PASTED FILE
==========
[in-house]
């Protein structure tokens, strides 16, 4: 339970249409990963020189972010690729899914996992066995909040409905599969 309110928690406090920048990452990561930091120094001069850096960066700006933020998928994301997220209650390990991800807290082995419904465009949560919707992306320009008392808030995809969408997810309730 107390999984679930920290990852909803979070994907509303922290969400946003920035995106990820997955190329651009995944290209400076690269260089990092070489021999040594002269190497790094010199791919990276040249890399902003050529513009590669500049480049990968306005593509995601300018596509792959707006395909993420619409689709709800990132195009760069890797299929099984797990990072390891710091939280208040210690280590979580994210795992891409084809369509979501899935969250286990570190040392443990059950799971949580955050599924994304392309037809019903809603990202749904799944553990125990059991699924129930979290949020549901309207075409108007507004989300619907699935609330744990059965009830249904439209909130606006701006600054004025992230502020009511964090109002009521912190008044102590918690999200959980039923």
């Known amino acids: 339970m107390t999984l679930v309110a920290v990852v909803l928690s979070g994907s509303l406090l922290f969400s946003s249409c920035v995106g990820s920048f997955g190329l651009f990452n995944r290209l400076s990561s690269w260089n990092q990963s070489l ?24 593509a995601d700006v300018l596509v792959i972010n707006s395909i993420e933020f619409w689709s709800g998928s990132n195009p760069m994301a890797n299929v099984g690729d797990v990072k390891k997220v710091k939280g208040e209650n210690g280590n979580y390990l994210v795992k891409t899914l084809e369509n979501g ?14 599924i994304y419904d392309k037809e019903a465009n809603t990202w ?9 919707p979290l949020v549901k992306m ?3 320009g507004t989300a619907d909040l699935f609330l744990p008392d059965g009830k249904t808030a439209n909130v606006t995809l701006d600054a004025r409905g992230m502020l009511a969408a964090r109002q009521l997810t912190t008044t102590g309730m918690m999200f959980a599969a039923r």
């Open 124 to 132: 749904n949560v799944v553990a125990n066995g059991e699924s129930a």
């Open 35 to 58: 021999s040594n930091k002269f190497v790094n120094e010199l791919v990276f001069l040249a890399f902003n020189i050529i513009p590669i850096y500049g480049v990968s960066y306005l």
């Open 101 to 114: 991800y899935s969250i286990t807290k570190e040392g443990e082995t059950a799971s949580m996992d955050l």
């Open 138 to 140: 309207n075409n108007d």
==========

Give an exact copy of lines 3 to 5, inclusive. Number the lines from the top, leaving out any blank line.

């Known amino acids: 339970m107390t999984l679930v309110a920290v990852v909803l928690s979070g994907s509303l406090l922290f969400s946003s249409c920035v995106g990820s920048f997955g190329l651009f990452n995944r290209l400076s990561s690269w260089n990092q990963s070489l ?24 593509a995601d700006v300018l596509v792959i972010n707006s395909i993420e933020f619409w689709s709800g998928s990132n195009p760069m994301a890797n299929v099984g690729d797990v990072k390891k997220v710091k939280g208040e209650n210690g280590n979580y390990l994210v795992k891409t899914l084809e369509n979501g ?14 599924i994304y419904d392309k037809e019903a465009n809603t990202w ?9 919707p979290l949020v549901k992306m ?3 320009g507004t989300a619907d909040l699935f609330l744990p008392d059965g009830k249904t808030a439209n909130v606006t995809l701006d600054a004025r409905g992230m502020l009511a969408a964090r109002q009521l997810t912190t008044t102590g309730m918690m999200f959980a599969a039923r």
């Open 124 to 132: 749904n949560v799944v553990a125990n066995g059991e699924s129930a």
């Open 35 to 58: 021999s040594n930091k002269f190497v790094n120094e010199l791919v990276f001069l040249a890399f902003n020189i050529i513009p590669i850096y500049g480049v990968s960066y306005l």